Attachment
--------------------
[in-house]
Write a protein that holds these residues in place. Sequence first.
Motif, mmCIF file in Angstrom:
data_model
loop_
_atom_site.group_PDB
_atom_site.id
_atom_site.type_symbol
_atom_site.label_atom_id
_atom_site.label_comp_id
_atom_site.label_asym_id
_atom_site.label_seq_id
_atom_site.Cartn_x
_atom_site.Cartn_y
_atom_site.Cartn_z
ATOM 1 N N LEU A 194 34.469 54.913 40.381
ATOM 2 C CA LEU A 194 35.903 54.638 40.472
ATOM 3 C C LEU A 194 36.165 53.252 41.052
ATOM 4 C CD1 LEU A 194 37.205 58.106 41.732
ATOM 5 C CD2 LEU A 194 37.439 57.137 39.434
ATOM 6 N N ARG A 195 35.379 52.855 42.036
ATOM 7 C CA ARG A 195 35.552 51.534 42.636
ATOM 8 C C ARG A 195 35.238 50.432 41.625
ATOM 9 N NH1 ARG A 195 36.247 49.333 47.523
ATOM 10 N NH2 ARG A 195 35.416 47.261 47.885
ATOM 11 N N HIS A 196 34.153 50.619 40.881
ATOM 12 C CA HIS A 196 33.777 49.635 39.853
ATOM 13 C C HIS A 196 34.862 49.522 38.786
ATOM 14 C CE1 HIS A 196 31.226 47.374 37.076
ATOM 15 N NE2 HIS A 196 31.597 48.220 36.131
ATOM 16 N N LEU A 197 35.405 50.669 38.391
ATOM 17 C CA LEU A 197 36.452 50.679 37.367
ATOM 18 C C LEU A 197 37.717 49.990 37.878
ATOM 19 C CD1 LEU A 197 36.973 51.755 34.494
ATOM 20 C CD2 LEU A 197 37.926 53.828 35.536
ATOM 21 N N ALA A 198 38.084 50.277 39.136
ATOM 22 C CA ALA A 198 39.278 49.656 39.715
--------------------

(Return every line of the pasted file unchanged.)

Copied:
[in-house]
Write a protein that holds these residues in place. Sequence first.
Motif, mmCIF file in Angstrom:
data_model
loop_
_atom_site.group_PDB
_atom_site.id
_atom_site.type_symbol
_atom_site.label_atom_id
_atom_site.label_comp_id
_atom_site.label_asym_id
_atom_site.label_seq_id
_atom_site.Cartn_x
_atom_site.Cartn_y
_atom_site.Cartn_z
ATOM 1 N N LEU A 194 34.469 54.913 40.381
ATOM 2 C CA LEU A 194 35.903 54.638 40.472
ATOM 3 C C LEU A 194 36.165 53.252 41.052
ATOM 4 C CD1 LEU A 194 37.205 58.106 41.732
ATOM 5 C CD2 LEU A 194 37.439 57.137 39.434
ATOM 6 N N ARG A 195 35.379 52.855 42.036
ATOM 7 C CA ARG A 195 35.552 51.534 42.636
ATOM 8 C C ARG A 195 35.238 50.432 41.625
ATOM 9 N NH1 ARG A 195 36.247 49.333 47.523
ATOM 10 N NH2 ARG A 195 35.416 47.261 47.885
ATOM 11 N N HIS A 196 34.153 50.619 40.881
ATOM 12 C CA HIS A 196 33.777 49.635 39.853
ATOM 13 C C HIS A 196 34.862 49.522 38.786
ATOM 14 C CE1 HIS A 196 31.226 47.374 37.076
ATOM 15 N NE2 HIS A 196 31.597 48.220 36.131
ATOM 16 N N LEU A 197 35.405 50.669 38.391
ATOM 17 C CA LEU A 197 36.452 50.679 37.367
ATOM 18 C C LEU A 197 37.717 49.990 37.878
ATOM 19 C CD1 LEU A 197 36.973 51.755 34.494
ATOM 20 C CD2 LEU A 197 37.926 53.828 35.536
ATOM 21 N N ALA A 198 38.084 50.277 39.136
ATOM 22 C CA ALA A 198 39.278 49.656 39.715